6. Blue Van Woman


I wake to the sound of seagulls and the light poking through the gaps in the blinds.

I lounge about with tea and my book.

I usually blow dry my hair and put on make up.

Every. Single. Day.

But I had made a big decision – that wasn’t necessary when camping.  Make up is interesting and I have wondered often why I do it – but if I catch sight of myself in a mirror without it – then I soon know why!

So my morning routine was short and uncomplicated.  A bowl of cereal and a hot cross bun and I was ready.

I heft on my rucksack with my binoculars and my bottle of water and head off.  I grew up walking distance from the beach and am never happier than when I can feel the salt air on my face.  I never cease to marvel at the sheer power of the sea and the certainty that we will never be able to hold it back.

The first part of my walk is witness to that – enormous sea defences reduced to rubble, walls felled and paths destroyed.  Walking on sand is hard and I was glad to get on slightly firmer ground.  The sheep watched me and the cattle looked on suspiciously.  I watched the deer from a distance.  I wish I knew more about the birds that I saw, so many going busily about their day.

I took pictures but they never capture the atmosphere do they?  I paused and I realised that I was happy.

I was on my own, but not lonely.

I felt strong and capable.

Independent and resourceful in a way that I hadn’t felt for years.

I walked past the lighthouse (I can see this from the beach at Cleethorpes where I swim) and right to the far end.  I now know that I could have walked right round – maybe next time.  Sitting on a rock I hoped I looked mermaid like but suspected not.  I had walked five miles and of course, had another five to do to get back.  Once again, thank goodness for the gym and for the daily 12,000 steps.  It was a glorious day despite being mid March and I thanked God for strength and resilience.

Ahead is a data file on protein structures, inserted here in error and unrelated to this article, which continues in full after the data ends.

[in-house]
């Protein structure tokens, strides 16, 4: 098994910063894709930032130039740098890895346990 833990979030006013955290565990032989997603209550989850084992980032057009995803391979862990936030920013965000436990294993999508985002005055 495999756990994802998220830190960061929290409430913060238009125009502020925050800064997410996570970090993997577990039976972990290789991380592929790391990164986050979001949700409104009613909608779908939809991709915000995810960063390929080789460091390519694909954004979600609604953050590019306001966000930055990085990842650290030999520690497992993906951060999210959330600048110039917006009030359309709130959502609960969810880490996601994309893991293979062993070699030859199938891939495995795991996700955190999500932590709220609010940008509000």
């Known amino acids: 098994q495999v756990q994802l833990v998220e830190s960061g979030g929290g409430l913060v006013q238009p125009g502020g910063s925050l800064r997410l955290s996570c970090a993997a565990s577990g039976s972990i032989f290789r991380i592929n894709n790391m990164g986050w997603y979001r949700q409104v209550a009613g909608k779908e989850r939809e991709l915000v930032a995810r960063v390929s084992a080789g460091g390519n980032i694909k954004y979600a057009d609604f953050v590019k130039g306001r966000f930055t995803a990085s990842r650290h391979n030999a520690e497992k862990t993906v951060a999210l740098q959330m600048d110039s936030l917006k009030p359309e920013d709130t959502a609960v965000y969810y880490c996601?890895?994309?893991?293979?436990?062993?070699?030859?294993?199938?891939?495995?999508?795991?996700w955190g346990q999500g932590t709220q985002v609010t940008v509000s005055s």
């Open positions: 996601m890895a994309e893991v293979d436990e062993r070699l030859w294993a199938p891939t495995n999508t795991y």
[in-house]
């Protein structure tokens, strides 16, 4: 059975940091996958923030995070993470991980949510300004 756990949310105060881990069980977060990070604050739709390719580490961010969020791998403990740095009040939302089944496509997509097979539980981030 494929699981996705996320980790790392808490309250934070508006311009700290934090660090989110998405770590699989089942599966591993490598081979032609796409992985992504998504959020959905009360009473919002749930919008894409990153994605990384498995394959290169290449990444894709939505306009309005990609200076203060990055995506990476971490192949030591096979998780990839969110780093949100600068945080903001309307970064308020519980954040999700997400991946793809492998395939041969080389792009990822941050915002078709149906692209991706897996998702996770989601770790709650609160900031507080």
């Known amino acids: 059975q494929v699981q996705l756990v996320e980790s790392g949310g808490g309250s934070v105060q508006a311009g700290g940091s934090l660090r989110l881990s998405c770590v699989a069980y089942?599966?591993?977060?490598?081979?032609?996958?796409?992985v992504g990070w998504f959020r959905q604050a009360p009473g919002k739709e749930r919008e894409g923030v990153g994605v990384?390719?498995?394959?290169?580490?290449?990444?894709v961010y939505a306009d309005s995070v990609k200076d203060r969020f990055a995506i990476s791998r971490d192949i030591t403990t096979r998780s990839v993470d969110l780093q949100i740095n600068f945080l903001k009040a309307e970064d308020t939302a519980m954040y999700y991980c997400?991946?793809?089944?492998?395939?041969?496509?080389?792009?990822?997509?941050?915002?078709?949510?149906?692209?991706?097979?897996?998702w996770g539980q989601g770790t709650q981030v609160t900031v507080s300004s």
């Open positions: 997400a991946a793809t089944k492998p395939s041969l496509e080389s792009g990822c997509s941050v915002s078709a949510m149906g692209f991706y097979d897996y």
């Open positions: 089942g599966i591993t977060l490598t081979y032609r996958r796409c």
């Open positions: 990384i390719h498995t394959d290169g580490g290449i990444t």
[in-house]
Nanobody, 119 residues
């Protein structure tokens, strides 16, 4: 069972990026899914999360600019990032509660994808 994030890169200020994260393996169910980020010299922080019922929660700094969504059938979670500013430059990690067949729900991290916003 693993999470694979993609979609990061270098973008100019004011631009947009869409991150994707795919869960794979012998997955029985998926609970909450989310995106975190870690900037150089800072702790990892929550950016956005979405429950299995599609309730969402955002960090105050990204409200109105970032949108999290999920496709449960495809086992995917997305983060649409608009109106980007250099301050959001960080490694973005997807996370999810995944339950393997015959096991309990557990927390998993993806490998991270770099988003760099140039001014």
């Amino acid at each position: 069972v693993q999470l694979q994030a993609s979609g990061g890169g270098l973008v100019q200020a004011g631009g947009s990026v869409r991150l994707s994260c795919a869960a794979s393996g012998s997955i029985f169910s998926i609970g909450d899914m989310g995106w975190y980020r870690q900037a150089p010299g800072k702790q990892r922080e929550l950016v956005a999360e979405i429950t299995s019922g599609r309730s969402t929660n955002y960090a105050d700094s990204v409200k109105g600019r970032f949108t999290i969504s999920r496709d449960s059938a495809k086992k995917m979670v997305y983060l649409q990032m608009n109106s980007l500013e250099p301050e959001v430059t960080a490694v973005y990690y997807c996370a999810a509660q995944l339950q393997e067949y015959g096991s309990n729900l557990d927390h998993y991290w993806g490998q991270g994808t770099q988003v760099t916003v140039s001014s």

I’m not going to lie, I was glad to get to the café and have a well earned cup of tea and a late lunch.  And a great conversation with a lady in the gift shop.  She told me about how she had been attacked a year ago but was now able to walk on her own to the lighthouse again.

Us older women are bread tough you know.

The last mile to the van was hard but it was so great to see it there, my home from home.  The good thing is that once I got settled there was really nothing to do but read.

Such luxury.

No washing to sort, no dishes to do (I was taking them back with me) – no chores at all.  So I had a glass of wine (chilled in the cool box) and relaxed.

In the morning I packed up and set off.

This blog is written by Marion, hosted by Carrie

No fuss, no bother, away I went.

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